Ann Curry Called Last Months at Today "Torture," Staff Loved "Making Fun" of Her
Studio 1A was a very unhappy -- and unfriendly -- place for Ann Curry in her final, embattled year at the TODAY Show. Media reporter Brian Stelter sheds surprising new light on Curry's infamously messy June 2012 exit from the NBC morning show in his book Top of the Morning: Inside the Cutthroat World of Morning TV, excerpted Thursday online in the New York Times Magazine. (Curry, 56, started with TODAY back in 1997, but ascended to the co-anchor chair in June 2011 after Meredith Vieira's voluntary exit.)
"A lot of time in the control room was spent making fun of Ann's outfit choices or just generally messing with her," one staff person told Stelter. According to the same staffer, back in spring 2012, employees openly mocked Curry's bright yellow dress worn during one broadcast -- photoshopping a picture of Big Bird next to Curry, asking the team to vote, "Who Wore it Best?" The Us Weekly-inspired joke was posted in the control room.
Even the show's executive producer, Jim Bell, supposedly took to teasing Curry. Stelter reports that Bell "commissioned a blooper reel of Curry's worst on-air mistakes." Another unnamed producer claimed that Bell once called staff members into his office to show a mistake Curry made while talking on-air with a local station. (Bell denied both incidents.) Prior to Curry's teary June 2012 send-off, several boxes of her personal belongings went missing from her office and "ended up in a coat closet, as if she had already been booted off the premises," Stelter writes.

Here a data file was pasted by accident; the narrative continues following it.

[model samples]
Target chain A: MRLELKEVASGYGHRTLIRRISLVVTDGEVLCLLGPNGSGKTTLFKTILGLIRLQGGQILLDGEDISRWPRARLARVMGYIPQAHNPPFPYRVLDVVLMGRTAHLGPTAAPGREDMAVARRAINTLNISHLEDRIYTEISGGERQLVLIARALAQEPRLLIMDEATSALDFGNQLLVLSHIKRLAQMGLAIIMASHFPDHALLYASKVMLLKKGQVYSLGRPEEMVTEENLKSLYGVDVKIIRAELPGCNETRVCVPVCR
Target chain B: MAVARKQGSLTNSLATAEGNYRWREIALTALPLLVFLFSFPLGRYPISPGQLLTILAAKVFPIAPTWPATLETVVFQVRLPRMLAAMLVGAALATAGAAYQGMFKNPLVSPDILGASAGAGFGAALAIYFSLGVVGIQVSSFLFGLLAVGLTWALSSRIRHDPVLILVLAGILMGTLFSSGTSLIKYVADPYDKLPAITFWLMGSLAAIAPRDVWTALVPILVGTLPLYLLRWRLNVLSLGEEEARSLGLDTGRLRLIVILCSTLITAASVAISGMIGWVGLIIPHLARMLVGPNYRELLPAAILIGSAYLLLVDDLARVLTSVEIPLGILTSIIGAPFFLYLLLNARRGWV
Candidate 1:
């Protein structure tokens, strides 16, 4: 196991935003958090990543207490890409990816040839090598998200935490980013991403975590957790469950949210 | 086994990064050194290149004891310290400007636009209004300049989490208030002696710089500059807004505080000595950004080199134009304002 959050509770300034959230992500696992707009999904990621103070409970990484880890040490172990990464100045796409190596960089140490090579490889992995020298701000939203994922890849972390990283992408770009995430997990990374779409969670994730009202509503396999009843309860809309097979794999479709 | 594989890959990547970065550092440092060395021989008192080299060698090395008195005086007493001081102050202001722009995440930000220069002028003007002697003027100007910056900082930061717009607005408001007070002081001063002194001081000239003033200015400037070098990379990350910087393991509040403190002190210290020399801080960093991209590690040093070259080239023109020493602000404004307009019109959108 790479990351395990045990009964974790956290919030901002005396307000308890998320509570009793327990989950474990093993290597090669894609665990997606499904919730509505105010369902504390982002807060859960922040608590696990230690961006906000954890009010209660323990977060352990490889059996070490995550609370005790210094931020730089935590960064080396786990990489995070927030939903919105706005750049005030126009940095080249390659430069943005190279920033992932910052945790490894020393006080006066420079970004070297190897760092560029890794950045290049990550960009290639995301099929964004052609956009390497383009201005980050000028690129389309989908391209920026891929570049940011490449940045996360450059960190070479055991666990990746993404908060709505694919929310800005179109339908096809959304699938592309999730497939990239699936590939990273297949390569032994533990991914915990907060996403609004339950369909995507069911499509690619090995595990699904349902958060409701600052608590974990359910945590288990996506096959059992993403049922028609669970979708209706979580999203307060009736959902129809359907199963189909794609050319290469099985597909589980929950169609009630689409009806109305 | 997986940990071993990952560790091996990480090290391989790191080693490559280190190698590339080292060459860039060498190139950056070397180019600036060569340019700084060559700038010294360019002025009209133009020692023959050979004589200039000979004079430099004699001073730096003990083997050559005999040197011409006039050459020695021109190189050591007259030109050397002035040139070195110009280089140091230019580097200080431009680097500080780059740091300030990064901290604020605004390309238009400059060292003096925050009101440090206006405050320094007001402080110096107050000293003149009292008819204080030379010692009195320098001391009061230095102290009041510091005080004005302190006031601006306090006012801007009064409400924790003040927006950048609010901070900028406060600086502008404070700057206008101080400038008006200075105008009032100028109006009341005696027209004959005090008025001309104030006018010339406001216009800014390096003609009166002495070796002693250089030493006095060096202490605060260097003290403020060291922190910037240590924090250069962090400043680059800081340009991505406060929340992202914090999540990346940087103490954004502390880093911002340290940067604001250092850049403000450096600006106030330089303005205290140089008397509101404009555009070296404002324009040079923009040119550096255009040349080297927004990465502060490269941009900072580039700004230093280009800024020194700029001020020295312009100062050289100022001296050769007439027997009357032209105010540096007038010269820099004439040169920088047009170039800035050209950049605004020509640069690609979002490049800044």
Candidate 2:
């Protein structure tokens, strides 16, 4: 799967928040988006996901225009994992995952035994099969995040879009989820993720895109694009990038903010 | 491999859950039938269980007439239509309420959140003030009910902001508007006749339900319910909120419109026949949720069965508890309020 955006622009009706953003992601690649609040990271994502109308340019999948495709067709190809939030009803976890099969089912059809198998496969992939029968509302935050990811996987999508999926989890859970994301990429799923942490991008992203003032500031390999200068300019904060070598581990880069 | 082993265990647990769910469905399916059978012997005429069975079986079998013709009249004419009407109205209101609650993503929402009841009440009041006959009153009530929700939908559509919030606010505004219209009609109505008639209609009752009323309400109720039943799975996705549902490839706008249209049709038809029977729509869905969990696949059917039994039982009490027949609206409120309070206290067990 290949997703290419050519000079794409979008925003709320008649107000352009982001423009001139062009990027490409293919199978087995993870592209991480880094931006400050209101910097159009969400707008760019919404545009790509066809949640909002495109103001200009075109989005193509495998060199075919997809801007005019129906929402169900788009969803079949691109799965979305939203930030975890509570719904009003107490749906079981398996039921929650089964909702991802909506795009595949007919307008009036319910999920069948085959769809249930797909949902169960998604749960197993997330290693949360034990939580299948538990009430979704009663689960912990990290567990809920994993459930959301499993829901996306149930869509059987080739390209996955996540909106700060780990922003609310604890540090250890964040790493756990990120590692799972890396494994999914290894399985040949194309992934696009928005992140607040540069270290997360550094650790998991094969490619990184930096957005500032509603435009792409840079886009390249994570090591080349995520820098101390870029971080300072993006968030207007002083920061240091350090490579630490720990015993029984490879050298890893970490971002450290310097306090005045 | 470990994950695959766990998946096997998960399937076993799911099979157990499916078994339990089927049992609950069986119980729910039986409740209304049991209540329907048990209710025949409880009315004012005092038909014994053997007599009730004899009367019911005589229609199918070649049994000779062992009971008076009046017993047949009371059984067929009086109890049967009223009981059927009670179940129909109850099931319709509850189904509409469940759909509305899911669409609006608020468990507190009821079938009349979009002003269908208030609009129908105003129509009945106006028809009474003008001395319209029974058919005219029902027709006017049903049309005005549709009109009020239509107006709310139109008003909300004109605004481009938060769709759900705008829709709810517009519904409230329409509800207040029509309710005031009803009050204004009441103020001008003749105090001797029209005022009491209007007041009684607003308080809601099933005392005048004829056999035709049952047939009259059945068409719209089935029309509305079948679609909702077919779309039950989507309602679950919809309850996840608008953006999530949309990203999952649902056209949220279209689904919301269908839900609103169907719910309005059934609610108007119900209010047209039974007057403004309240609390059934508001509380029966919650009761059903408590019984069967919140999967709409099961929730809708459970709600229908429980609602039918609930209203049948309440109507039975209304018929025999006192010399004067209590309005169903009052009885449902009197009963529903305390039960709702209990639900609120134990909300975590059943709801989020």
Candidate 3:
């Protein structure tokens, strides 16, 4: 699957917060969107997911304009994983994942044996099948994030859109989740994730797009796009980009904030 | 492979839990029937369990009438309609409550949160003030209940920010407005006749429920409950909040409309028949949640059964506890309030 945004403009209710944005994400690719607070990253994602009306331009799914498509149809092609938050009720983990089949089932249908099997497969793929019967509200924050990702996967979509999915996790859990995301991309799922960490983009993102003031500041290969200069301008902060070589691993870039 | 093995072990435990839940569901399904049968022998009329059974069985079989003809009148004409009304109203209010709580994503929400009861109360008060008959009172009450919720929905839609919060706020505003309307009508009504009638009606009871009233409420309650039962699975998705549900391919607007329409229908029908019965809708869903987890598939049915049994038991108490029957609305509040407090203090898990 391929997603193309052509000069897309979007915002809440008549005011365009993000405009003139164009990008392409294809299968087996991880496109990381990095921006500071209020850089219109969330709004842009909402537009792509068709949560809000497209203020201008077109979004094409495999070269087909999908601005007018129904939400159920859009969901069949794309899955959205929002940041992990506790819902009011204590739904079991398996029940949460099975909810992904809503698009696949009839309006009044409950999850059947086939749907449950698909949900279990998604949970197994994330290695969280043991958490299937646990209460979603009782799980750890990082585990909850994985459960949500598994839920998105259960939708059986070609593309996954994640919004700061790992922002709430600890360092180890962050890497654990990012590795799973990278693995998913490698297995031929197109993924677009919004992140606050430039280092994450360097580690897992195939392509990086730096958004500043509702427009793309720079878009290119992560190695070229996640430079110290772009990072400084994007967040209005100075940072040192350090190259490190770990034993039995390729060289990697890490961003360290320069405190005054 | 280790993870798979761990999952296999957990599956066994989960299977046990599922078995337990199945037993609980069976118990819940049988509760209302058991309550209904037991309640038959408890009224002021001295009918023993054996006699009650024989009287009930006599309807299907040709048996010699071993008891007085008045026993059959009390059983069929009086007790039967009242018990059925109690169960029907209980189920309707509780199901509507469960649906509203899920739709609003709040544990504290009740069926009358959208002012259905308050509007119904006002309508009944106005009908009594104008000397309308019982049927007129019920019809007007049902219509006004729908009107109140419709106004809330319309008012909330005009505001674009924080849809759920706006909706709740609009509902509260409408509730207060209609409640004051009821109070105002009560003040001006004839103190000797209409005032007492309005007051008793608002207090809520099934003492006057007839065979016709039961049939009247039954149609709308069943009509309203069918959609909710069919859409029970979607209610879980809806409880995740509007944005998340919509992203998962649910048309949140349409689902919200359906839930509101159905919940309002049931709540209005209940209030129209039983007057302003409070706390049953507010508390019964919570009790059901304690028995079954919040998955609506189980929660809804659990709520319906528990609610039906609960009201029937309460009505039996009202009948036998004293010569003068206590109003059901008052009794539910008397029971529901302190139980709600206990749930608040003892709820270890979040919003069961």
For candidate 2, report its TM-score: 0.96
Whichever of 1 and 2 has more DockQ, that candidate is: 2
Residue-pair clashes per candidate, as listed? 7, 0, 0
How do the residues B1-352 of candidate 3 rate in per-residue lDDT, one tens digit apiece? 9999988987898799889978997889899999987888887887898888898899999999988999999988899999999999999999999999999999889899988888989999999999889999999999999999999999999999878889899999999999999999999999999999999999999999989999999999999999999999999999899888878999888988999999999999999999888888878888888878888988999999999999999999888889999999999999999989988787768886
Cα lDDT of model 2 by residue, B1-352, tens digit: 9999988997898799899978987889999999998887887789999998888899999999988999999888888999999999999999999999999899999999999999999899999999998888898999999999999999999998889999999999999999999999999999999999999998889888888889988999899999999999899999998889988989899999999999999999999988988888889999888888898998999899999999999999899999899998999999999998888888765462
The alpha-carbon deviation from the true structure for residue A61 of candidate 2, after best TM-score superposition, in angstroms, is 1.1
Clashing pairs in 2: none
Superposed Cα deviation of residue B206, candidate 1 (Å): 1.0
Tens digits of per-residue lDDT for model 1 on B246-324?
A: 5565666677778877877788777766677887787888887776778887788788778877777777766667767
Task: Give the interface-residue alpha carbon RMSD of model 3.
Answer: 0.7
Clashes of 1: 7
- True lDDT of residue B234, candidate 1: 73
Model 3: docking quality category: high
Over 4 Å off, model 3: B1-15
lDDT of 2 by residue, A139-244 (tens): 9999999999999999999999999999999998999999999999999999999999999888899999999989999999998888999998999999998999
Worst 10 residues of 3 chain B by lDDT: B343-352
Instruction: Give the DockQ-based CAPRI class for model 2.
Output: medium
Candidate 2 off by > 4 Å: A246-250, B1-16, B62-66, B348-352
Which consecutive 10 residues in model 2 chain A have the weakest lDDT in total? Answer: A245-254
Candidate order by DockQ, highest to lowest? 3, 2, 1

Indeed, sources told Stelter that Bell, concerned about the show's ratings and Curry's iffy chemistry with co-anchor Matt Lauer, personally concocted a plan to remove Curry from the show and replace her with Savannah Guthrie. The plan, one source told Stelter, was called "Operation Bambi," after one colleague likened firing Curry to "killing Bambi." (Bell also denied using the term "Operation Bambi.")
Since her on-air exit, Curry has been "lying low" at her family home in New Canaan, Conn., sometimes waking "before dawn as if she were about to go on air," Stelter writes. "Some mornings, she cried as she read e-mail and Twitter messages from fans."
And Curry remains "profoundly hurt and humiliated" by her dismissal and the taunts of show producers and colleagues. "She told friends that her final months were a form of professional torture," Stelter writes.